Background: Human cells are coated in a thick layer of sticky sugars called the glycocalyx. Uniquely cancer cells are covered with an excess of the human ‘sialic acid’ sugar Neu5Ac, and this has been shown to ‘camouflage’ the cells from the immune system. However, 2 million years ago a hydroxylated form of this sugar known as Neu5Gc was also present on human cells, but evolutionary selection drove inactivation of the gene required for conversion of Neu5Ac to an ancestral sialic acid, and this resulted in the loss of the ancestral sugar from the surface of human cells. Following this selection event, humans have developed circulating antibodies against this sugar.
Objectives: The aim of the project is to resurrect this ancestral sugar specifically in prostate cancer cells using antibody-targeted gene delivery. This strategy would aim to unleash the immune system’s existing antibodies to kill the cancer cells, constituting a completely novel approach to cancer immunotherapy.
Experimental approach: Using novel chemical glyco-biology methods1,2 the student will contribute to the design of prostate cancer-cell specific gene delivery systems. The functional activity of these tools will be tested on well-established Prostate cancer (PCa) cell-lines, using a combination of flow cytometry, glycan mass spectrometry and immunofluorescence to determine the extent of cell surface glycan reengineering. Validation of the best delivery system will then follow using in vitro culture of primary prostate-isolated tumour cells and spheroids. This is a cross-disciplinary project primarily based at the University of York in the labs of Dr Martin Fascione (https://www.york.ac.uk/chemistry/staff/academic/d-g/mfascione/; Chemistry) and Dr Nathalie Signoret (https://www.york.ac.uk/biology/research/molecular-cellular-medicine/signoret/; Immunology, Hull York Medical School), and working collaboratively with Prof Craig Robson (https://www.ncl.ac.uk/medical-sciences/people/profile/cnrobson.html; Newcastle University Centre for Cancer). The student will train in aspects of organic chemistry, immunology and cancer cell biology specifically developing skills in glycoscience, protein bioconjugation, molecular biology, advanced cell imaging techniques and flow cytometry. The project would suit a candidate with an interest in translational science and any of chemical biology, glycoscience, immunology and/or cancer biology.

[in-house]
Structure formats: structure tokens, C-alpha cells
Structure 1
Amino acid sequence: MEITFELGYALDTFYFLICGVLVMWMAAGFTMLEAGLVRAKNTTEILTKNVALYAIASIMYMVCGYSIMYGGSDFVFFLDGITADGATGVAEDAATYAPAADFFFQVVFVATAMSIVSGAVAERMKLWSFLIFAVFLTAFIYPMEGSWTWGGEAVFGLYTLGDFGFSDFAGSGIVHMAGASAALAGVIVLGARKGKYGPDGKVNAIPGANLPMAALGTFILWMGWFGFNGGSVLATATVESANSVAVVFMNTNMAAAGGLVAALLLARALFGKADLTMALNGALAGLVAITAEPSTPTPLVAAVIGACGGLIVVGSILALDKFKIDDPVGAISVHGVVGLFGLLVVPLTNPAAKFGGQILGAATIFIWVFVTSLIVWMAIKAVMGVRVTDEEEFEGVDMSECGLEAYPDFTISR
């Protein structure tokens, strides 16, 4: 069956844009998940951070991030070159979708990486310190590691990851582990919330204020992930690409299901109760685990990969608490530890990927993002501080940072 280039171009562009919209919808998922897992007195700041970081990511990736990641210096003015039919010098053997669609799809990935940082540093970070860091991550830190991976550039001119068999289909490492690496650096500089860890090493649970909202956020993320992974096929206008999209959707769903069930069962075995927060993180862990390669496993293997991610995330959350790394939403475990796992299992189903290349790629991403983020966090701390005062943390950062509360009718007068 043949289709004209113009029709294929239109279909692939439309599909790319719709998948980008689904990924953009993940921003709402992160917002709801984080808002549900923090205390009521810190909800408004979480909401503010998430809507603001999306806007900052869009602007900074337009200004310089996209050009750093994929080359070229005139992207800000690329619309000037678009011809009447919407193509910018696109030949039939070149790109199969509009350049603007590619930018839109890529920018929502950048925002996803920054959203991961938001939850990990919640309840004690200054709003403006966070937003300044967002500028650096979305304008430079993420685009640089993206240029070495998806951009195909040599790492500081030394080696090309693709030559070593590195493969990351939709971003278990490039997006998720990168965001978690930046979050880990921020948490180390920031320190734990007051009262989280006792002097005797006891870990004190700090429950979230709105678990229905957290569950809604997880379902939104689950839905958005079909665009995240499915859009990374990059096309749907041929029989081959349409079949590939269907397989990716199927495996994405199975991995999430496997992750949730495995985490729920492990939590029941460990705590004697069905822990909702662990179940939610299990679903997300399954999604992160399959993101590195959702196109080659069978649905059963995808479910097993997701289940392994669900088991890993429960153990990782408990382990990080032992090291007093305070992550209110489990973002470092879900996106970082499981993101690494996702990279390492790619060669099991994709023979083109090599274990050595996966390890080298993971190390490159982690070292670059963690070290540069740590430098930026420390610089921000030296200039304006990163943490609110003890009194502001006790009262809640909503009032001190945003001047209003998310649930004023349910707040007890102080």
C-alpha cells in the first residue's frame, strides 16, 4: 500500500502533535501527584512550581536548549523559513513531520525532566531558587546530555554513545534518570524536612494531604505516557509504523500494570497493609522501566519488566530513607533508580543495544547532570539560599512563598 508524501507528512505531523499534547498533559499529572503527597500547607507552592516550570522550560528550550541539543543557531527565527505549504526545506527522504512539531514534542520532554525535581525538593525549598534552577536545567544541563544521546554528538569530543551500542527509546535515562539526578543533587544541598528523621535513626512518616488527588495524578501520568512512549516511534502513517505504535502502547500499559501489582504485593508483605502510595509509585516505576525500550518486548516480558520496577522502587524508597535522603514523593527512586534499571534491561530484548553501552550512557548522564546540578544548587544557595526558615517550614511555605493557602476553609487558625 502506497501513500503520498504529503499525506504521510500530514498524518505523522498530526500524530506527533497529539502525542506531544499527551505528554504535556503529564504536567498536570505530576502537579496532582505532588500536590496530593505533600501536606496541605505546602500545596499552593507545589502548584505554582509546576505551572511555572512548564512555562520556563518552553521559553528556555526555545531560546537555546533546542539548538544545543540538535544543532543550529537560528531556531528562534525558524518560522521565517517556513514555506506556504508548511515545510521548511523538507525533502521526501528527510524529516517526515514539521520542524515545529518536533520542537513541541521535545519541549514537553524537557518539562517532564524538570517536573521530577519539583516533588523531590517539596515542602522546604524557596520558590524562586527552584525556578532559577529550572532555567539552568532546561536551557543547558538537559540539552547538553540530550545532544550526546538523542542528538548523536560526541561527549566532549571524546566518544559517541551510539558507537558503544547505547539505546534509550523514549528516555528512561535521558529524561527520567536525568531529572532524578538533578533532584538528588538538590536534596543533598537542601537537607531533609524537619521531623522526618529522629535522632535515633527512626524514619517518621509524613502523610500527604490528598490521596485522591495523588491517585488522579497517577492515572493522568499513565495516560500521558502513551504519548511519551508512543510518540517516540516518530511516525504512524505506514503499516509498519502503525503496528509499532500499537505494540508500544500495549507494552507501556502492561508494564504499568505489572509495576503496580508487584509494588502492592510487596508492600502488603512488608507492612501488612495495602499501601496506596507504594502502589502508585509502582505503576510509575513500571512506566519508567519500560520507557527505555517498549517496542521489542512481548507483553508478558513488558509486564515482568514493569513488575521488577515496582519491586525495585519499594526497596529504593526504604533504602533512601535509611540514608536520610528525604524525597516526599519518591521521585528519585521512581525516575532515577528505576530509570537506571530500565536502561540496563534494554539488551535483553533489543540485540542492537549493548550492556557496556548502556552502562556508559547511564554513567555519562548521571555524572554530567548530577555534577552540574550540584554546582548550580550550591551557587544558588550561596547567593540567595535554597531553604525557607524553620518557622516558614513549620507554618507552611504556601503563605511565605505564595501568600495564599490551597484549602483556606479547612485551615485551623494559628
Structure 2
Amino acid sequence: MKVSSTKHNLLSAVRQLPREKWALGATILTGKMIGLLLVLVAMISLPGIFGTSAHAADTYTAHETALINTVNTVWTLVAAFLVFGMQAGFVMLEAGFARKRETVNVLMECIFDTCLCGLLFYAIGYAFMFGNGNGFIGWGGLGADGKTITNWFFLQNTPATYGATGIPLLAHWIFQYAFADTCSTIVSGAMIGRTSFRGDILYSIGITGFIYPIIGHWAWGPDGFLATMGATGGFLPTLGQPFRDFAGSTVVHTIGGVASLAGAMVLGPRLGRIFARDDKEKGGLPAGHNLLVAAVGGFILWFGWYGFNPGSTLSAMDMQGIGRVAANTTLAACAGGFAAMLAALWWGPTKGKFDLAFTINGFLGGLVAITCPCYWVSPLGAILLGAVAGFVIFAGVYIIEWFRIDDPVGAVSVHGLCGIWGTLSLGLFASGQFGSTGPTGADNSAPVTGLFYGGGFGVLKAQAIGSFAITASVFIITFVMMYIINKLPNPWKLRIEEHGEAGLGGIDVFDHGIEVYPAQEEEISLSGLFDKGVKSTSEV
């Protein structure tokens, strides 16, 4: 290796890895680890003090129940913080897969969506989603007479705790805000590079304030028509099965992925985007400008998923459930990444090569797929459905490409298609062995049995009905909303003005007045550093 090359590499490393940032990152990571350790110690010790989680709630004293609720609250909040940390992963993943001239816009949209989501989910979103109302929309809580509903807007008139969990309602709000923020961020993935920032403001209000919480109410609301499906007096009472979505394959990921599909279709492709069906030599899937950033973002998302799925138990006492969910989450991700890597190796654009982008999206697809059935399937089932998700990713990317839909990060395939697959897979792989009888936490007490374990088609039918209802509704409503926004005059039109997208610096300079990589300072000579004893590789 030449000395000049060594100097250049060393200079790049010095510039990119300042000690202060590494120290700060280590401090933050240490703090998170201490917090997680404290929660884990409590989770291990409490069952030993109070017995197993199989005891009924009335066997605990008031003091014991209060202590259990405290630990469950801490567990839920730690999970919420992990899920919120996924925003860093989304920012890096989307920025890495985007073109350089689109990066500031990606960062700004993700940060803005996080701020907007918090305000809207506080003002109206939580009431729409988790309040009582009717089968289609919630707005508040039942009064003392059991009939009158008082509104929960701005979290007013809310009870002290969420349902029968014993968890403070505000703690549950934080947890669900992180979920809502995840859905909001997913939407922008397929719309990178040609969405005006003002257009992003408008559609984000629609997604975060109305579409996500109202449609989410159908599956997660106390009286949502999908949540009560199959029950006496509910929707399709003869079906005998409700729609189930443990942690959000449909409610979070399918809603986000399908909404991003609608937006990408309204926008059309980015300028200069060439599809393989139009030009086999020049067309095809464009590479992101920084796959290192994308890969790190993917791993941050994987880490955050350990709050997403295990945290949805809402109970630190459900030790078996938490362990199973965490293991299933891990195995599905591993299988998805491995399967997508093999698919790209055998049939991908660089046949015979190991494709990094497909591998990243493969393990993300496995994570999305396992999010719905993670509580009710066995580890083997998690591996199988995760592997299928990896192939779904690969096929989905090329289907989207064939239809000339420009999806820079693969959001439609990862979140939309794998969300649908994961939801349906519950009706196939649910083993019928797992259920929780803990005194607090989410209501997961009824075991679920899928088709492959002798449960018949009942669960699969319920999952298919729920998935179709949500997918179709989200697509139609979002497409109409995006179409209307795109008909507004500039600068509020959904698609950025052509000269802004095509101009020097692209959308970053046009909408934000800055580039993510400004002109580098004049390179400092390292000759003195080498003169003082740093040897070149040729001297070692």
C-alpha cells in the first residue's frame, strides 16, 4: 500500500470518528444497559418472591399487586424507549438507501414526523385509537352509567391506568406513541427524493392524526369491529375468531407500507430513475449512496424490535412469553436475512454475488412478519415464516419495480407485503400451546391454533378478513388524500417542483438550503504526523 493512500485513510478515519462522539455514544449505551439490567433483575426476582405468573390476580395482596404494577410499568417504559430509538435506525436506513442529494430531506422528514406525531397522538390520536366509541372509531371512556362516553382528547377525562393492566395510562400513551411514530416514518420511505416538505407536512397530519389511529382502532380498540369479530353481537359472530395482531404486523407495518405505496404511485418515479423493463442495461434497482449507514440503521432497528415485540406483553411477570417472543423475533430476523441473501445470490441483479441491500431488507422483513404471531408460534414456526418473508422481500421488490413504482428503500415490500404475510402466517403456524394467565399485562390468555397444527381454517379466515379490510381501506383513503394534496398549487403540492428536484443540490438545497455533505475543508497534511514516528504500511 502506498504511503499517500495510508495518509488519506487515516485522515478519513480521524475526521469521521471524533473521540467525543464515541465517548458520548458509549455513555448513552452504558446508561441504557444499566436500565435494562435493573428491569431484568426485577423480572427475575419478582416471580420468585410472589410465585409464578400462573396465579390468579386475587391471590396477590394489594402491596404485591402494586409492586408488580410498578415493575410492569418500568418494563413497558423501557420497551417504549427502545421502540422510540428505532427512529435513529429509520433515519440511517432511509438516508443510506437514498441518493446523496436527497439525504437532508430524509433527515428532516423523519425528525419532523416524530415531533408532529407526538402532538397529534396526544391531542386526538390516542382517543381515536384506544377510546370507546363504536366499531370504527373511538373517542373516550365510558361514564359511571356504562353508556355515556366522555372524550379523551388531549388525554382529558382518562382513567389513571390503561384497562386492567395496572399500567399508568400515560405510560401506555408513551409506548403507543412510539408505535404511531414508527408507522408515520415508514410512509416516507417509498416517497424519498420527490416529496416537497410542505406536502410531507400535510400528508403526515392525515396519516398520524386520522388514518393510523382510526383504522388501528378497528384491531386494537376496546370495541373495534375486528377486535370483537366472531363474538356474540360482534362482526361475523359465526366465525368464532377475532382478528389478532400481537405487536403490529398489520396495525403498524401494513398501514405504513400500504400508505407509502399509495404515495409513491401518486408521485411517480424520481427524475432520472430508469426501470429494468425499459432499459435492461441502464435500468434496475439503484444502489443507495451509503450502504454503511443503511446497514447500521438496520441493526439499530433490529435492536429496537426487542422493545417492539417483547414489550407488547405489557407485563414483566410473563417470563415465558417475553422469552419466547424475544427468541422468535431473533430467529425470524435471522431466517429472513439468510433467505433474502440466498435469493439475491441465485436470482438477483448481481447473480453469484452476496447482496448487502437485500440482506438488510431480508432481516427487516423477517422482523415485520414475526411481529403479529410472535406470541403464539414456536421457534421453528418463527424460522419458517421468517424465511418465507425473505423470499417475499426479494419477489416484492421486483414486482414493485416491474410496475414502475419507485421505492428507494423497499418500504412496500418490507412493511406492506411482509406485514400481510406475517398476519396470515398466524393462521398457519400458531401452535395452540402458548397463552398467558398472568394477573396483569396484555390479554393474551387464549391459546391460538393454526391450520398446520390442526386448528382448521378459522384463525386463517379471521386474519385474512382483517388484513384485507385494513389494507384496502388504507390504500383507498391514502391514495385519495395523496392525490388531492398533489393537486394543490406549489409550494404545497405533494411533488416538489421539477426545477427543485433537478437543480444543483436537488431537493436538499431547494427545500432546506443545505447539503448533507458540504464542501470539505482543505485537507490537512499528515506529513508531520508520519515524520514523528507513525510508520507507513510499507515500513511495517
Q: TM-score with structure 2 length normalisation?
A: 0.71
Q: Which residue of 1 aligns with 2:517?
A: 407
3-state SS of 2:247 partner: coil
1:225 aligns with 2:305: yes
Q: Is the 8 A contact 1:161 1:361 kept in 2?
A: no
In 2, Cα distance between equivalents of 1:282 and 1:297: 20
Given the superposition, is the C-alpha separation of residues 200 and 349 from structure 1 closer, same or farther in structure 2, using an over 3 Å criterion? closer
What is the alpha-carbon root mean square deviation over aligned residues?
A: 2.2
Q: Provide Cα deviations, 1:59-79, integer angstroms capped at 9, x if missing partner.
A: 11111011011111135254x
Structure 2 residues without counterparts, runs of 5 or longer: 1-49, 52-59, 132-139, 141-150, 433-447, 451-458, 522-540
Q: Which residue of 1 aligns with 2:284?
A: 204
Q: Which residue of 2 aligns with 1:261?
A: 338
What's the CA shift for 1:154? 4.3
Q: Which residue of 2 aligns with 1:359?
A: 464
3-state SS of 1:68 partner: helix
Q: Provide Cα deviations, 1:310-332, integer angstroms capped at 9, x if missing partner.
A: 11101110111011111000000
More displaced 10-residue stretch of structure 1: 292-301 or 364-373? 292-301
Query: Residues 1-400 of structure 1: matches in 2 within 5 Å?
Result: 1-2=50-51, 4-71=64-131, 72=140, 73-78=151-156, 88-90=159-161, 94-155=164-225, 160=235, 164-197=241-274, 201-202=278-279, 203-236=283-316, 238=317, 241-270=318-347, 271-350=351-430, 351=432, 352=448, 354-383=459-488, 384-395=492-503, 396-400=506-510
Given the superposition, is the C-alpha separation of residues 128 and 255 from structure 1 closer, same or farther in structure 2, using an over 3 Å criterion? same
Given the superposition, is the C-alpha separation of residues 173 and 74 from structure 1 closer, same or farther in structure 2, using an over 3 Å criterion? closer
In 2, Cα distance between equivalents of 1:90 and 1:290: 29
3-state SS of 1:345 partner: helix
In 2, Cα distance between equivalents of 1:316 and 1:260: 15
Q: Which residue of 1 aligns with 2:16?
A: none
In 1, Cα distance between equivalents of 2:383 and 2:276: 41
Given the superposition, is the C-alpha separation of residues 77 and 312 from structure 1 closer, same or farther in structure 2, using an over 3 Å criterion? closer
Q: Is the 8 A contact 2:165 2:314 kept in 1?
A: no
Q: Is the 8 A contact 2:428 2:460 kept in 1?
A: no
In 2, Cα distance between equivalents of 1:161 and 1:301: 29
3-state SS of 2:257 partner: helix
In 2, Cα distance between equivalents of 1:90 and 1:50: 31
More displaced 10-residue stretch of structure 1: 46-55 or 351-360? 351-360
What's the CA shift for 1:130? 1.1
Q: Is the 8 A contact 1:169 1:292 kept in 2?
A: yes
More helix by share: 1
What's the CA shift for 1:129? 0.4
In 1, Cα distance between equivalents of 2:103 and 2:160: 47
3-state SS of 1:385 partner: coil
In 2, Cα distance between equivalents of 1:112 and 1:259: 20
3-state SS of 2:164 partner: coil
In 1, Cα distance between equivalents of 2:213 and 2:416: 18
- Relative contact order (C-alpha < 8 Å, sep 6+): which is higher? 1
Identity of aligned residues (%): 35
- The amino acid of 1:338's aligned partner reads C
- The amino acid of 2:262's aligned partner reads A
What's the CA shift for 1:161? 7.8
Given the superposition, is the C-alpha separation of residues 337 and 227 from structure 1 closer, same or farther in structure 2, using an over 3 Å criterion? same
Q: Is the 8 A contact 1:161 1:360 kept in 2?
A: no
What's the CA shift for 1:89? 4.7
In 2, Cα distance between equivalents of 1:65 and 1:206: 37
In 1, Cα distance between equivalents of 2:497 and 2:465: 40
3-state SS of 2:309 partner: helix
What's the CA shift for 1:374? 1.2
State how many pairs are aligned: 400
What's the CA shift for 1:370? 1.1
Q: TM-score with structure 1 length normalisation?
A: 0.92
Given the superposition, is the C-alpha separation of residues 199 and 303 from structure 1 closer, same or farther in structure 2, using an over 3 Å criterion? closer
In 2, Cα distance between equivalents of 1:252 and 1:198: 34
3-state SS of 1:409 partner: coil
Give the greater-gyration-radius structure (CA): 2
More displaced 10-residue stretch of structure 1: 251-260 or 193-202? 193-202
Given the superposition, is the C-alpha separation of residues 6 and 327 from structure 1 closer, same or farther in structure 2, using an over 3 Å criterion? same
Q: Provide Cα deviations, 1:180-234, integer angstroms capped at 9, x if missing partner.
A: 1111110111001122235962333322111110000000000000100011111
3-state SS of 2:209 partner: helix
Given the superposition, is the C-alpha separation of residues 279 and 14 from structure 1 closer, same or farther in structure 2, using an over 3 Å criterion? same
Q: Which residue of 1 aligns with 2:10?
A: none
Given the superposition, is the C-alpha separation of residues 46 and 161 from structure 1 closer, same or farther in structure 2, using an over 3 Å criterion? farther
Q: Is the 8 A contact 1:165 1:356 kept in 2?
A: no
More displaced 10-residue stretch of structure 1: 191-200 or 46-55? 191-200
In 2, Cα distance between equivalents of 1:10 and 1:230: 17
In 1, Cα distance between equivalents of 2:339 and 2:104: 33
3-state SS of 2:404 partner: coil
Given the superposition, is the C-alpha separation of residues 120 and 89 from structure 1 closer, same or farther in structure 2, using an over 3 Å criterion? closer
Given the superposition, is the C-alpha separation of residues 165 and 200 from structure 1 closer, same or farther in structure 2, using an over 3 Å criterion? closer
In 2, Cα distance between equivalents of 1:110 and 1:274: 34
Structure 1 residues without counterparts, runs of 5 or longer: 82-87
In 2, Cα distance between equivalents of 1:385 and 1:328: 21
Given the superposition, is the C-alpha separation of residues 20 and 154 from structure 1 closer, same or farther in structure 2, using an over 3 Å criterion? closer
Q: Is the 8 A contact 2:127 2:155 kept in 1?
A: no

Novelty and Timeliness: In the last decade treatment of cancer has been revolutionised by antibody delivery of small molecule drugs and subsequently by cancer immunotherapy strategies which coopt the patient’s own immune system to fight the cancer. For the first time we aim to harness aspects of both these field defining strategies simultaneously through re-engineering of cell surface glycans.
Benefits of being in the DiMeN DTP:
This project is part of the Discovery Medicine North Doctoral Training Partnership (DiMeN DTP), a diverse community of PhD students across the North of England researching the major health problems facing the world today. Our partner institutions (Universities of Leeds, Liverpool, Newcastle, York and Sheffield) are internationally recognised as centres of research excellence and can offer you access to state-of the-art facilities to deliver high impact research.
We are very proud of our student-centred ethos and committed to supporting you throughout your PhD. As part of the DTP, we offer bespoke training in key skills sought after in early career researchers, as well as opportunities to broaden your career horizons in a range of non-academic sectors.
Being funded by the MRC means you can access additional funding for research placements, international training opportunities or internships in science policy, science communication and beyond. See how our current DiMeN students have benefited from this funding here: https://www.dimen.org.uk/blog
Further information on the programme and how to apply can be found on our website: